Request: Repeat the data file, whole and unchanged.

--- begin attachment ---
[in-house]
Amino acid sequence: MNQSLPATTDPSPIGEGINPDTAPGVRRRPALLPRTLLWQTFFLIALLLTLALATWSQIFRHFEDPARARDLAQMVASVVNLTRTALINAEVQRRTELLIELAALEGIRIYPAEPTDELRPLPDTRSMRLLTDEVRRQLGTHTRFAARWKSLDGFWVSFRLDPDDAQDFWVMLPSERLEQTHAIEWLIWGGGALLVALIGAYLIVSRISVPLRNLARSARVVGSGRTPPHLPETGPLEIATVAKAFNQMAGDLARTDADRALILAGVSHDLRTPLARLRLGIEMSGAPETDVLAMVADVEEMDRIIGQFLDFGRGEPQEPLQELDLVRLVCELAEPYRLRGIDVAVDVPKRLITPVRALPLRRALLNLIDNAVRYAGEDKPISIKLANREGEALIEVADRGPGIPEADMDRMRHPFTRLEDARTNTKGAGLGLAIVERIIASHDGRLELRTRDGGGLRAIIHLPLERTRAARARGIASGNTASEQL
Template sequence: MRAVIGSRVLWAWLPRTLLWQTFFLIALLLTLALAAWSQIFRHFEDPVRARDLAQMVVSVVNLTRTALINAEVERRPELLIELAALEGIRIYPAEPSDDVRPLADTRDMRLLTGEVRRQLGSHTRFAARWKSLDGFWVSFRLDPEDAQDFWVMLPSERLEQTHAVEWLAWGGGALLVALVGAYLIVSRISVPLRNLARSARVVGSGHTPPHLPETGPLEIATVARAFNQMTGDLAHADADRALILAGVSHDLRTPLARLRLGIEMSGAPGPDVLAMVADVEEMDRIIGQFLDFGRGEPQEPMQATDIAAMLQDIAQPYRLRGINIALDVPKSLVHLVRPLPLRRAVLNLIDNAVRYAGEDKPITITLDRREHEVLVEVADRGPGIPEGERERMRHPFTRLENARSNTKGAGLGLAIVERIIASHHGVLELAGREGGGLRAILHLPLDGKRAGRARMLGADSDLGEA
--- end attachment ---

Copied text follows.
[in-house]
Amino acid sequence: MNQSLPATTDPSPIGEGINPDTAPGVRRRPALLPRTLLWQTFFLIALLLTLALATWSQIFRHFEDPARARDLAQMVASVVNLTRTALINAEVQRRTELLIELAALEGIRIYPAEPTDELRPLPDTRSMRLLTDEVRRQLGTHTRFAARWKSLDGFWVSFRLDPDDAQDFWVMLPSERLEQTHAIEWLIWGGGALLVALIGAYLIVSRISVPLRNLARSARVVGSGRTPPHLPETGPLEIATVAKAFNQMAGDLARTDADRALILAGVSHDLRTPLARLRLGIEMSGAPETDVLAMVADVEEMDRIIGQFLDFGRGEPQEPLQELDLVRLVCELAEPYRLRGIDVAVDVPKRLITPVRALPLRRALLNLIDNAVRYAGEDKPISIKLANREGEALIEVADRGPGIPEADMDRMRHPFTRLEDARTNTKGAGLGLAIVERIIASHDGRLELRTRDGGGLRAIIHLPLERTRAARARGIASGNTASEQL
Template sequence: MRAVIGSRVLWAWLPRTLLWQTFFLIALLLTLALAAWSQIFRHFEDPVRARDLAQMVVSVVNLTRTALINAEVERRPELLIELAALEGIRIYPAEPSDDVRPLADTRDMRLLTGEVRRQLGSHTRFAARWKSLDGFWVSFRLDPEDAQDFWVMLPSERLEQTHAVEWLAWGGGALLVALVGAYLIVSRISVPLRNLARSARVVGSGHTPPHLPETGPLEIATVARAFNQMTGDLAHADADRALILAGVSHDLRTPLARLRLGIEMSGAPGPDVLAMVADVEEMDRIIGQFLDFGRGEPQEPMQATDIAAMLQDIAQPYRLRGINIALDVPKSLVHLVRPLPLRRAVLNLIDNAVRYAGEDKPITITLDRREHEVLVEVADRGPGIPEGERERMRHPFTRLENARSNTKGAGLGLAIVERIIASHHGVLELAGREGGGLRAILHLPLDGKRAGRARMLGADSDLGEA